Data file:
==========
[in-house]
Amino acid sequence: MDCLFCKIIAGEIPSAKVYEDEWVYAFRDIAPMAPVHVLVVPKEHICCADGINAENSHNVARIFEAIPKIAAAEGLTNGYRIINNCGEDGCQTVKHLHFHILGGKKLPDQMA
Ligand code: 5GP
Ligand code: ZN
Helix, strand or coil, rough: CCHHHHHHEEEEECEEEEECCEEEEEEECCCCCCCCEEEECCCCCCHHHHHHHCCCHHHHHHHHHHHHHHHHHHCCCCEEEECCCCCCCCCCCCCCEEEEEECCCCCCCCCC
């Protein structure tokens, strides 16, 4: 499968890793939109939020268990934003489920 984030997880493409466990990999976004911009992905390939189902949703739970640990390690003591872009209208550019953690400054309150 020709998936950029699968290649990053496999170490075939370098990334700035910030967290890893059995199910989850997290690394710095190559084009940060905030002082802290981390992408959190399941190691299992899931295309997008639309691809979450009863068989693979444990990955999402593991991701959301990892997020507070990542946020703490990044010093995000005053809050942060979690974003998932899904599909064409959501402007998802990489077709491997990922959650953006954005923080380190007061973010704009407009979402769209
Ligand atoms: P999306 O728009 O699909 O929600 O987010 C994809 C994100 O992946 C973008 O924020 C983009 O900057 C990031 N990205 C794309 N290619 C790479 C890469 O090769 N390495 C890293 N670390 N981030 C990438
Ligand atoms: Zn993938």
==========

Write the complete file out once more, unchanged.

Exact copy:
[in-house]
Amino acid sequence: MDCLFCKIIAGEIPSAKVYEDEWVYAFRDIAPMAPVHVLVVPKEHICCADGINAENSHNVARIFEAIPKIAAAEGLTNGYRIINNCGEDGCQTVKHLHFHILGGKKLPDQMA
Ligand code: 5GP
Ligand code: ZN
Helix, strand or coil, rough: CCHHHHHHEEEEECEEEEECCEEEEEEECCCCCCCCEEEECCCCCCHHHHHHHCCCHHHHHHHHHHHHHHHHHHCCCCEEEECCCCCCCCCCCCCCEEEEEECCCCCCCCCC
């Protein structure tokens, strides 16, 4: 499968890793939109939020268990934003489920 984030997880493409466990990999976004911009992905390939189902949703739970640990390690003591872009209208550019953690400054309150 020709998936950029699968290649990053496999170490075939370098990334700035910030967290890893059995199910989850997290690394710095190559084009940060905030002082802290981390992408959190399941190691299992899931295309997008639309691809979450009863068989693979444990990955999402593991991701959301990892997020507070990542946020703490990044010093995000005053809050942060979690974003998932899904599909064409959501402007998802990489077709491997990922959650953006954005923080380190007061973010704009407009979402769209
Ligand atoms: P999306 O728009 O699909 O929600 O987010 C994809 C994100 O992946 C973008 O924020 C983009 O900057 C990031 N990205 C794309 N290619 C790479 C890469 O090769 N390495 C890293 N670390 N981030 C990438
Ligand atoms: Zn993938």